Matt Page cycling aka A Cycling offer guiding and coaching as well as running a race team sponsored by Pivot Cycles. It was set up by endurance racer Matt Page with his wife Nia. Matt recently set the record for the Welsh coast to coast challenge (c2c) covering the 210 miles in 18 hours and 41 minutes. There’s between 7,000 and 11,000m of ascent too! To put that into perspective, a typical rider would consider 1,500m of ascent over several hours and maybe 45 miles to be a hard day out.
You might assume that a guided ride with an endurance racer would be a painful experience. Images might come to mind of a haggard group of weekend riders begging the racer to slow down as their energy levels fade before abandoning their bikes from exhaustion.
Fear not. Matt is a qualified guide and understands the requirements of leading regular riders round unfamiliar trails. Racers don’t spend all of their training time riding as fast as possible – they also put a lot of steady miles in.
For this trip Matt had invented a route that crossed the Cambrian mountains from the east to the west on the Saturday and a slightly different route back again on the Sunday. The distance was around 65km (40 miles) per day. Friday night was spent at the Brynafon Hotel in Rhayader and Saturday was spent at the Hafod Hotel at Devil’s Bridge. Both of these offer comfortable accommodation that is well suited to cyclists. The package covered two days of guided rides, accommodation, breakfast, evening meal and a daily lunch stop courtesy of Nia in the support vehicle. Also included were Torq energy product samples, luggage transportation, bike wash and bike storage.
This was my third ride in the Elan valley since March (see the Trans Cambrian Ride and the yoga MTB weekend) as well as a day trip there almost a year previously with Red Kite Events. In that time I’d been introduced to pretty much every part of the area so I was looking forwards to seeing what Matt had in mind for us.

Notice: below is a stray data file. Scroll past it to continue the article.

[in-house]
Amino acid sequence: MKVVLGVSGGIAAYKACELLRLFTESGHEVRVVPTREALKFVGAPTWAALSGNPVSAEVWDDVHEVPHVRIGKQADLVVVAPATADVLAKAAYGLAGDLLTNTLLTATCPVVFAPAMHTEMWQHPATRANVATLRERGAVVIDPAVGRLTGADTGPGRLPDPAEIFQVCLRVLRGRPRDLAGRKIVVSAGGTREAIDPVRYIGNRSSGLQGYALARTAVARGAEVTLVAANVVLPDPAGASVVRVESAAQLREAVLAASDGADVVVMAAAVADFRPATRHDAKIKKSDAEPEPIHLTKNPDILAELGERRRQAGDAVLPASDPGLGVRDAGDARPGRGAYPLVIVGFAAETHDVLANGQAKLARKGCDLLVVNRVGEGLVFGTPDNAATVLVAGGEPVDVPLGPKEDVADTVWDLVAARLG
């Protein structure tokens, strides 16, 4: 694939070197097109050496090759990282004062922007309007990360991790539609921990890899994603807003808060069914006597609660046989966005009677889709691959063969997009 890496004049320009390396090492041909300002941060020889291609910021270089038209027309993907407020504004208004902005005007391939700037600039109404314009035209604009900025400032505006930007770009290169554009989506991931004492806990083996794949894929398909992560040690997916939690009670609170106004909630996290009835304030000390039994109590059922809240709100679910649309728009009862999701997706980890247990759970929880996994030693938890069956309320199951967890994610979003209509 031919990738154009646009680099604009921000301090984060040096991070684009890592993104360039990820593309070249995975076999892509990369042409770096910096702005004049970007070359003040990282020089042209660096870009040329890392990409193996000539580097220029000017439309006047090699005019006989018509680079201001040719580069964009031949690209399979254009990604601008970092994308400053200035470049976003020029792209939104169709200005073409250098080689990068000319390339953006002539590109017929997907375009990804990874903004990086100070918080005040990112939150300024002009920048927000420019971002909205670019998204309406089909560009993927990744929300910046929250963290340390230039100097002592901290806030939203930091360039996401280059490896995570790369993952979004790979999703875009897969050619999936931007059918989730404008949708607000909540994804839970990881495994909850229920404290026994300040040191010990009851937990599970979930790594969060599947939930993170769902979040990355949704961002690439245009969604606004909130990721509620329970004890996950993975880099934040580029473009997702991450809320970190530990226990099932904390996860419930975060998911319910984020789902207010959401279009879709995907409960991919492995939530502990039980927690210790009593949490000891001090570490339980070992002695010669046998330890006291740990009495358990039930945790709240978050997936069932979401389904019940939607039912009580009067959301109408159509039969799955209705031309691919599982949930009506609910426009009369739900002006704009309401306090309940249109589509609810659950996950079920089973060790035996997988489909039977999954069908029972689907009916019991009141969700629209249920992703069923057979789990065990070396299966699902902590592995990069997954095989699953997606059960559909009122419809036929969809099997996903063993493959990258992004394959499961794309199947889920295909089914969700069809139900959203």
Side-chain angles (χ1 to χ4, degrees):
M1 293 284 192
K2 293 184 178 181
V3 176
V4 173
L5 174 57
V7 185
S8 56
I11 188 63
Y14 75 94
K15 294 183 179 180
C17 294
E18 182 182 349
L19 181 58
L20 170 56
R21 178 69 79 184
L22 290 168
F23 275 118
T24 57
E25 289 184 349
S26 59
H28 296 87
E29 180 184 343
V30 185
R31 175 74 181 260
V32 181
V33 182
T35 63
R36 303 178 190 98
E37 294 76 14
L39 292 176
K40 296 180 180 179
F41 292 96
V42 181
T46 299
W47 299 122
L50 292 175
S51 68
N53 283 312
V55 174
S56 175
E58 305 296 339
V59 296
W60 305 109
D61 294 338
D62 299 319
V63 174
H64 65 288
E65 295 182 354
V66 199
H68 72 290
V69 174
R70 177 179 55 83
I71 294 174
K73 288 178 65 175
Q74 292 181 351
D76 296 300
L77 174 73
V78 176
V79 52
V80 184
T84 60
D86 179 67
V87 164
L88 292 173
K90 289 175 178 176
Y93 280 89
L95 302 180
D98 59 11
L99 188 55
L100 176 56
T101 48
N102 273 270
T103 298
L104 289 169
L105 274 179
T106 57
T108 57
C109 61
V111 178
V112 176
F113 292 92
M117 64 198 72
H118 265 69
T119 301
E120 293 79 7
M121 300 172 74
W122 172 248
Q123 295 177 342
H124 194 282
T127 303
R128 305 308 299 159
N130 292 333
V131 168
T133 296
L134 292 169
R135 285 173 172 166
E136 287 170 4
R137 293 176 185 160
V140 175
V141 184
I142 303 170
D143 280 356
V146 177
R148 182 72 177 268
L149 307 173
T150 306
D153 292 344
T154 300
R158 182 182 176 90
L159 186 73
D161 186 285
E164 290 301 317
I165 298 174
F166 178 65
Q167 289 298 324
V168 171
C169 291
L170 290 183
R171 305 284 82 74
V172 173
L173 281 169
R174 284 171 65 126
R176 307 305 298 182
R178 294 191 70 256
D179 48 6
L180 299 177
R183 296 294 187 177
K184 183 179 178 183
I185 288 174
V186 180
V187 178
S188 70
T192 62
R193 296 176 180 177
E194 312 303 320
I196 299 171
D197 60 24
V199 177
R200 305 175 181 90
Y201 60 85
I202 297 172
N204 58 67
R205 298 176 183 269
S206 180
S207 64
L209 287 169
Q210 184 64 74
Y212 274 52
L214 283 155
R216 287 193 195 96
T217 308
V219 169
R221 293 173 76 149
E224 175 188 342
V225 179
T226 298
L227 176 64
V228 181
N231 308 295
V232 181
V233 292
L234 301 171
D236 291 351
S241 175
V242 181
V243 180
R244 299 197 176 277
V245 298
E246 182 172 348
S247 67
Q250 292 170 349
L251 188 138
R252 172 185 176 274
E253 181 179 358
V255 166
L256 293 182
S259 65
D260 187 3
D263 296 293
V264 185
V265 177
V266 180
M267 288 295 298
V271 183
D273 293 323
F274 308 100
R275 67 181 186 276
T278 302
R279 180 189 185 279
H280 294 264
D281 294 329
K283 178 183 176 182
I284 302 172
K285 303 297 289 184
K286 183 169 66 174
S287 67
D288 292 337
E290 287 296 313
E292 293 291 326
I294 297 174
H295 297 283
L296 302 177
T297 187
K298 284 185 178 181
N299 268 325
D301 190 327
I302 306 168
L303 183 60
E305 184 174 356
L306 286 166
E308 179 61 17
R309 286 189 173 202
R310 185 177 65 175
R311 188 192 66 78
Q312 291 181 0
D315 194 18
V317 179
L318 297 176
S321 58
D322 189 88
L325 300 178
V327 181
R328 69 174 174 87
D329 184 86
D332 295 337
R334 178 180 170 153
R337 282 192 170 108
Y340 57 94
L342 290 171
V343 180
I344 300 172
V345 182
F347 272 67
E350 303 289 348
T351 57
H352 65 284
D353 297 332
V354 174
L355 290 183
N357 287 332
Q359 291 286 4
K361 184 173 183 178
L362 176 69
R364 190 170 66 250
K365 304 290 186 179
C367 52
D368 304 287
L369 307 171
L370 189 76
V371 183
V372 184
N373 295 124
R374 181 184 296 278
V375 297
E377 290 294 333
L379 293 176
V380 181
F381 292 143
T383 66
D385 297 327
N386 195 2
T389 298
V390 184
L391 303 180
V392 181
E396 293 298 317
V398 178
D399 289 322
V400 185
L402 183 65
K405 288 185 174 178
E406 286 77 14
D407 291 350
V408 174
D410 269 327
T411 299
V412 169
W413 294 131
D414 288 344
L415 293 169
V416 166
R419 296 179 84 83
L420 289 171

He’s started by booking some great weather for us. It was sunny on Friday evening and the forecast was for that to continue over the weekend. Our group set off at around 10am on the Saturday morning and quickly passed through Rhayader and along the road towards the Elan reservoirs. We soon peeled off onto a narrow lane and then up into the mountains. The joining instructions recommended bringing a spare tyre due to sharp rocks. I destroyed a one week old tyre at the base of the first climb, catching the tyre on a sharp edge and ripping a hole in it. We patched this up with a Park Tools tyre patch that Matt had. It had a bit of a bulge but would probably keep things together until the lunch stop.
A steep walk and then some rolling took us to one of the most famous descents in the Elan valley: the Chute. This is a short and steep set of rock steps. This had looked very unappealing on my first visit – peering through the mist and drizzle the steep and jagged rocks were deemed “insane” and we had walked down past them. On a sunny day they looked a lot more inviting. After watching Matt ride down it I set myself the challenge of riding it in two parts with a bit of a rest in the middle. This was a success and I left it at that, knowing that we had a long day ahead.
Matt acknowledged that we’d done the most tricky option at the start of the ride. One of our party, Matt Kerry, later told me that he wondered what the rest of the route was going to be like after experiencing this.